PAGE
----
By Cassie Chambers
No options should be off the table when it comes to addressing the violence in Syria, according to foreign secretary William Hague.
Calling the actions of the Assad regime "grotesque" in his statement to parliament today, Mr Hague condemned the regime's role in the conflict, which he says has left as many as 15,000 people dead and 500,000 internally displaced.
"Syria today is on the edge of civil war," Mr Hague said. He called for an "intensified and urgent international effort" to address the conflict before it escalates further.
The foreign secretary suggested the UK government pursue three main goals moving forward: ensuring the implementation of former UN secretary-general Kofi Annan's six-point peace plan, increasing international pressure on the regime and facilitating international justice for the Syrian people.
The Annan plan, launched in February, is seen by many as the best option for promoting long-term peace in the region. Yet the Assad regime's continued attacks have led many to question if it is time for the international community to pursue more drastic measures.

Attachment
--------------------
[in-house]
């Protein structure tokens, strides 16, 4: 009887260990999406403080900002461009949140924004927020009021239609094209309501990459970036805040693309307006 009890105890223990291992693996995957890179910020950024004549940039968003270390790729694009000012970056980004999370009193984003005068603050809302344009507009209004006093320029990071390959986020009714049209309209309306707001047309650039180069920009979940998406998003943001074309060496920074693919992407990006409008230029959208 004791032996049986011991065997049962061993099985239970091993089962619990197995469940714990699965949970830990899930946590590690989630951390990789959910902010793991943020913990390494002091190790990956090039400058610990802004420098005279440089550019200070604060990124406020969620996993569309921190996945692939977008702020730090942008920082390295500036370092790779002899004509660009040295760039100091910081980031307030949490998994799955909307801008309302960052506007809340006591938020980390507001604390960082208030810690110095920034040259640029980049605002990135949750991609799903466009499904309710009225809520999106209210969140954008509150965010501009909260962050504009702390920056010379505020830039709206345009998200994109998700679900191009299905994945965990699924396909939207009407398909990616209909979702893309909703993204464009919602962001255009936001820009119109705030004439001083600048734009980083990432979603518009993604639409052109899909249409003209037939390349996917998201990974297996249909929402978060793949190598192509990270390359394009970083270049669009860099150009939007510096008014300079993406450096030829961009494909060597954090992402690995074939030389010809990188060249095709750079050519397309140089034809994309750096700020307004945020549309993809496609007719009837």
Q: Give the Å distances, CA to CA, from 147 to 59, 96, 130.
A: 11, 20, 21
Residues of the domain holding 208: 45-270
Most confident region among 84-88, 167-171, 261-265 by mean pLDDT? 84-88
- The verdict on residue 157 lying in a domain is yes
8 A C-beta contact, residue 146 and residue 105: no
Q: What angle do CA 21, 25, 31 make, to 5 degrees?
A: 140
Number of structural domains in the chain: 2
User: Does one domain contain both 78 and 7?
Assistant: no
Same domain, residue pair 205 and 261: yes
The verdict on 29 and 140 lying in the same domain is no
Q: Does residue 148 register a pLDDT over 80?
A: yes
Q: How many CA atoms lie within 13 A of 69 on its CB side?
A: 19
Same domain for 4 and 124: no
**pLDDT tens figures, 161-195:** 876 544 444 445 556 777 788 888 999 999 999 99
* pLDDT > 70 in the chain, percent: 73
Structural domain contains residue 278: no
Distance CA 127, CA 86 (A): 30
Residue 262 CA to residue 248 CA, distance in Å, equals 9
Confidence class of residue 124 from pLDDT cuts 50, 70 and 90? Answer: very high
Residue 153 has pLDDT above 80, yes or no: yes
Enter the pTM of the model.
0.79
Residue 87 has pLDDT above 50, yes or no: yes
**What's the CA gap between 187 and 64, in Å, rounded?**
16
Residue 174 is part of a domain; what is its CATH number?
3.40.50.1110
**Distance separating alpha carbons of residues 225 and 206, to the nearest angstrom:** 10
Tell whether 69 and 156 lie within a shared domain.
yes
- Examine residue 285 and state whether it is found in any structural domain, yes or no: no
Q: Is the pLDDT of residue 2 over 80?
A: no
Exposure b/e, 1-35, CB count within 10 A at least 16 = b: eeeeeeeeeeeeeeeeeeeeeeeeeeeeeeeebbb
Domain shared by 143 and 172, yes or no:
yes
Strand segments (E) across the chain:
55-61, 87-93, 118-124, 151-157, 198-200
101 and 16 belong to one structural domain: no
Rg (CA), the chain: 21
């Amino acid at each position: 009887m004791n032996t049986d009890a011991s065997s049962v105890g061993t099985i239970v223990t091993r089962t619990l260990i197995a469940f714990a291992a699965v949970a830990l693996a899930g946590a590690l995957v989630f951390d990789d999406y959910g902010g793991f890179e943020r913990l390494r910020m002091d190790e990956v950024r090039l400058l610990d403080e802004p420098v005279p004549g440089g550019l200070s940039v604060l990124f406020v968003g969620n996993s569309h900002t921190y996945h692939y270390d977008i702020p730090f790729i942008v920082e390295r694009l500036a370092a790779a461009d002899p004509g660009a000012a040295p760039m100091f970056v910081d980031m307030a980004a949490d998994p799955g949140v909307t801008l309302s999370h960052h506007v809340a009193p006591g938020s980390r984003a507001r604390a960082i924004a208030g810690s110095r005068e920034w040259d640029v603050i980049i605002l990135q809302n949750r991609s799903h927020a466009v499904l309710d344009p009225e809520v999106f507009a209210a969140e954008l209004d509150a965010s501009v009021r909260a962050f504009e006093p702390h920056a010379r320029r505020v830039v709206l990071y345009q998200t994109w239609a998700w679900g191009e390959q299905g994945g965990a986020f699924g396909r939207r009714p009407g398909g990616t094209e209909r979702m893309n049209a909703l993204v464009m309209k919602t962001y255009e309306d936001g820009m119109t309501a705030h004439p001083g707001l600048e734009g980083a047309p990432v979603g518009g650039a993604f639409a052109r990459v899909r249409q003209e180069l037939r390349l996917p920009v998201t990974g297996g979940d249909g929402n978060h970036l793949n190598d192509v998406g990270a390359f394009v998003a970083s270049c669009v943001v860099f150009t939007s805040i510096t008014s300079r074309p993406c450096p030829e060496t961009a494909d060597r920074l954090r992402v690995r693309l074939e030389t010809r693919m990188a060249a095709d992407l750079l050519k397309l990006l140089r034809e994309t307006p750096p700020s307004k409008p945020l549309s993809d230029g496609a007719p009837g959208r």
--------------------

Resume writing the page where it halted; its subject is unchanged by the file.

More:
The foreign secretary said he will continue to push for the Annan plan's implementation, but acknowledged that doing so is "not an open-ended commitment".
Should current implementation of the Annan plan fail, Mr Hague warned, he will call for a “new and robust UN security council resolution aimed at compelling the regime to meet its commitments under the plan".
As the international community continues to deal with the “mounting crisis” he said the UK should remain open to any option that could stop the violence.
"We do not want to see the Annan plan fail," said Mr Hague, "but if despite our best efforts it does not succeed, we would have to consider other options for resolving the crisis, and in our view all options should then be on the table."